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From Santiago Gala <santiago.g...@gmail.com>
Subject Re: Subversion Server Plan
Date Tue, 31 Mar 2009 11:25:44 GMT
El lun, 30-03-2009 a las 18:14 -0700, Roy T. Fielding escribió: 
> On Mar 30, 2009, at 1:39 PM, Santiago Gala wrote:
> > Subversion was sold to us (and probably to the git-svn developers) as
> > something with a feature called "atomic commits"... if git-svn commits
> > and updates what it committed later on, as sanity check (and maybe
> > because of keyword expansion or other nasty tricks that can spoil the
> > crypto hash), and the reload does not contain the commit it just  
> > did, I
> > think panicking is the only reasonable behaviour.
> Keyword expansion and "other nasty tricks" are irrelevant to the
> process of applying a sequential set of patches, so doing an update

It is not irrelevant for git, see below.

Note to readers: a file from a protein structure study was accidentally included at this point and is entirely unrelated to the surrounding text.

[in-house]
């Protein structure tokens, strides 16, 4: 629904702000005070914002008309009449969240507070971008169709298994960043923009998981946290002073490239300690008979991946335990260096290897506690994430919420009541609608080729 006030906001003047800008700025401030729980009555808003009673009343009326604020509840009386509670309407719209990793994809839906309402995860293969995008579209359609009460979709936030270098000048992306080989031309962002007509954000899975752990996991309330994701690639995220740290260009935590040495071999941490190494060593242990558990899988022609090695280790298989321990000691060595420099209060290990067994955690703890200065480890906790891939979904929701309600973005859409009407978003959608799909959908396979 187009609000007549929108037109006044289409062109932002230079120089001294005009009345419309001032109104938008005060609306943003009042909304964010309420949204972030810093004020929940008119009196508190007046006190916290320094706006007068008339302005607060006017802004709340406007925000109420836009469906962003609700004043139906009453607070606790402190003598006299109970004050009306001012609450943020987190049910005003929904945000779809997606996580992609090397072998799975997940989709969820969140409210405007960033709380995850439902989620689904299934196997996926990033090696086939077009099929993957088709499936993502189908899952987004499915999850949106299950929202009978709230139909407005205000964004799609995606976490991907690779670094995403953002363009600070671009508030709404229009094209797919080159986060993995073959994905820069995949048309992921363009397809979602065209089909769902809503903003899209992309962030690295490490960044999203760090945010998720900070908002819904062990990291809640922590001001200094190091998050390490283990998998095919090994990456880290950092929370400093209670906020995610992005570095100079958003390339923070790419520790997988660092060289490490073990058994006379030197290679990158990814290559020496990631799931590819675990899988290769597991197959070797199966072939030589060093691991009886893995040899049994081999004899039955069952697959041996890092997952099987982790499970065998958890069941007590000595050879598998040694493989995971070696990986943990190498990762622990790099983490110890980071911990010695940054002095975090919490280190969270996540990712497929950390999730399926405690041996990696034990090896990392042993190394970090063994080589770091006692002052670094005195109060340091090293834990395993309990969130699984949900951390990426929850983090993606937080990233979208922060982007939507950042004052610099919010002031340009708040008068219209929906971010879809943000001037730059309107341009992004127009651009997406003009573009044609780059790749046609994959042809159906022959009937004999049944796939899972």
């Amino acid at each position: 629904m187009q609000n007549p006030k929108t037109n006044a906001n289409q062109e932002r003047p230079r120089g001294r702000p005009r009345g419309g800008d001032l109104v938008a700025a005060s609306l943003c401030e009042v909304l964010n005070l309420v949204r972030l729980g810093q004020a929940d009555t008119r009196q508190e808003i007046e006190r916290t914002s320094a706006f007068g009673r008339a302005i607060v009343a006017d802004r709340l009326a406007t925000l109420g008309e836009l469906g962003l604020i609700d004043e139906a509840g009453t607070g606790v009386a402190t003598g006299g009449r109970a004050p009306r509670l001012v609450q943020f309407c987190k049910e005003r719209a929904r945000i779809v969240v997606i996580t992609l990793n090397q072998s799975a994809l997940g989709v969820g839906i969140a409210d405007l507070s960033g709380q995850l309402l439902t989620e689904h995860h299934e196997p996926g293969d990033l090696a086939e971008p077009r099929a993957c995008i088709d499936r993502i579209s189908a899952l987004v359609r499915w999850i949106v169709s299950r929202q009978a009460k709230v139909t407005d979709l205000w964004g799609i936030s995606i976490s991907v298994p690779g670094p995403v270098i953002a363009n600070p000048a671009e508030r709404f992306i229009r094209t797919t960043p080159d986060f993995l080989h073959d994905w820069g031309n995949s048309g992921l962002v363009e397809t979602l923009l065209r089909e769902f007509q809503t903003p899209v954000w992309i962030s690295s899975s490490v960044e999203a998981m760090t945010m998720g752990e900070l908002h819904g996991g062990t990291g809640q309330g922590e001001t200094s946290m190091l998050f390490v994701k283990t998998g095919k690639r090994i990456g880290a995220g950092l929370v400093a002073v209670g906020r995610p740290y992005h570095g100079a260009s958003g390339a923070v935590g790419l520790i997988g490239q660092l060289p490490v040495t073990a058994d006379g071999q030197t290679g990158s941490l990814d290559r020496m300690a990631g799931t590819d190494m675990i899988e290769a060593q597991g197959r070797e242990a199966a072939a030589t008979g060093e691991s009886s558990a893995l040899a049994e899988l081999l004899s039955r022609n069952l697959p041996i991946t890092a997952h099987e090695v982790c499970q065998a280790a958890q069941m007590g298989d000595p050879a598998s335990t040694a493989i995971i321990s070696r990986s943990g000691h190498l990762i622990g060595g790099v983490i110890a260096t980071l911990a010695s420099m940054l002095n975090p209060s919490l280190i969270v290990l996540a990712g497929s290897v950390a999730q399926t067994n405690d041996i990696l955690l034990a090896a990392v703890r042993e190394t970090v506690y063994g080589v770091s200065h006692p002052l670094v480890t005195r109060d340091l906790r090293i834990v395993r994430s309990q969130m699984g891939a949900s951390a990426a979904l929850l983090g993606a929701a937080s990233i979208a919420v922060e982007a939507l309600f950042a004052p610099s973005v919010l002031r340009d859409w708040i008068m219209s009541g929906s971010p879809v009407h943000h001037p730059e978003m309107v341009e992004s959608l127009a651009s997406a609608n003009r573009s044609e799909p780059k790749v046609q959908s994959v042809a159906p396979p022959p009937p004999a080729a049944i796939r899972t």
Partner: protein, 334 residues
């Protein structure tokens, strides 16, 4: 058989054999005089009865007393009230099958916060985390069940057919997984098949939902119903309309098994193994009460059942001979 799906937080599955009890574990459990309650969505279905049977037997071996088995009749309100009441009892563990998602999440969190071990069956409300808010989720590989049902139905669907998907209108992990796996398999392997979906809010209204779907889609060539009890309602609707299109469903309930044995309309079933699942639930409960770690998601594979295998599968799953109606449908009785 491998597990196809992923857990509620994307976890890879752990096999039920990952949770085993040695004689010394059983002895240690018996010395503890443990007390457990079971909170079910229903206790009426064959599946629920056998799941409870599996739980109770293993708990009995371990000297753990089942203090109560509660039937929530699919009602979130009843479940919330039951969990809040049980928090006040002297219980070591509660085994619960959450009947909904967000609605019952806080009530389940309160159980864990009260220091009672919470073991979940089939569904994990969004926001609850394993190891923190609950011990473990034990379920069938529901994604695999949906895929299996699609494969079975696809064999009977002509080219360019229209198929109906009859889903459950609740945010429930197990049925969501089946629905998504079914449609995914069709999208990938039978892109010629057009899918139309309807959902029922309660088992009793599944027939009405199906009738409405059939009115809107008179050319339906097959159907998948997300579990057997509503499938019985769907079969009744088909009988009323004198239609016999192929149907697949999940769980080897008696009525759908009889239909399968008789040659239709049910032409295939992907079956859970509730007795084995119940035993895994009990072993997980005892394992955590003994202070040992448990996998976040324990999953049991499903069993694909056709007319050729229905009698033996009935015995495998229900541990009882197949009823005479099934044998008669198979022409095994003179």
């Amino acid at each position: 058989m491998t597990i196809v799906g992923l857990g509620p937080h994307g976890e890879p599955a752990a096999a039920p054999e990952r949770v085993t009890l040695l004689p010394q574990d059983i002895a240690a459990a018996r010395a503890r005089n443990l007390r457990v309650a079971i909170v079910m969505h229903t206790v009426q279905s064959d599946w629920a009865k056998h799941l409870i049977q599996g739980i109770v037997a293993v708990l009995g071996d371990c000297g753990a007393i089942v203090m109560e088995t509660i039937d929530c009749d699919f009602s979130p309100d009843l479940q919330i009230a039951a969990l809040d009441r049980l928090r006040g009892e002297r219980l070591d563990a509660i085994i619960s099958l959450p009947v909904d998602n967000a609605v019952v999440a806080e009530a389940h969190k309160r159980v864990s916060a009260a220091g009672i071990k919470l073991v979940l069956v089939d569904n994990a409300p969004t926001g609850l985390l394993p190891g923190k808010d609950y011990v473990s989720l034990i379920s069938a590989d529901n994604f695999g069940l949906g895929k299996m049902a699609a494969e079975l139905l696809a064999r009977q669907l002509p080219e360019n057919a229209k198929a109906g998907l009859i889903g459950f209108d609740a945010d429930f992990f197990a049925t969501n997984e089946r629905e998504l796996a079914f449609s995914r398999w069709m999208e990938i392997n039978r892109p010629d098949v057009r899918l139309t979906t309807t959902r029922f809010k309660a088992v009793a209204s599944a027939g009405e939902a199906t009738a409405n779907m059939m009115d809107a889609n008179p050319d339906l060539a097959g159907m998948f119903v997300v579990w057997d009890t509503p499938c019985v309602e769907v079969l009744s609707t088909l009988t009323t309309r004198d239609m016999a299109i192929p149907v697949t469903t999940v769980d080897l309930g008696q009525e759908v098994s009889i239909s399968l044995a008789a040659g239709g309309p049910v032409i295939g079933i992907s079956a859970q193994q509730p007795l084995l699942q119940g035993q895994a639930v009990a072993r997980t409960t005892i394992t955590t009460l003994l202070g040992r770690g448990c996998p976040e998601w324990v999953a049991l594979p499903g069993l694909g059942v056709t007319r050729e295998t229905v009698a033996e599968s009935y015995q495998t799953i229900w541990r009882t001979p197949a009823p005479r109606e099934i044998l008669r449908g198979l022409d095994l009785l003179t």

> between each commit is not only stupid but recklessly poor behavior
> for a client hitting a shared service.  This is a bug in git-svn,
> since it isn't doing what its own docs say (the update is only
> supposed to occur after all the patches are applied).

If one bit changes, the git commit changes. Those are the rules for
git-as-a-filesystem: the name of the commit is the SHA-1 of the commit.
And the commit includes the tree, and the SHA-1 of the parent(s)... So
if there is a risk that the server changes *any* bit, the commit chain
would be broken unless git-svn gets the new one "as the server sees it",
and rebases to it before committing the next one.

git gives integrity of commits, at the cost of needing to know all the
bits in every commit before doing the next one.

> I am curious what happens when someone does
>     git svn dcommit --no-rebase
> Does it still puke?

>>From the sources, it will print:

      warn "Attempting to commit more than one change while",
           "--no-rebase is enabled.\n",
           "If these changes depend on each other, re-running ",
           "without --no-rebase may be required."

I guess it will break, as pquerna said, because the mirror does not know
about the base revision for the commit, irrespective of the rebase
taking place or not.


> ....Roy

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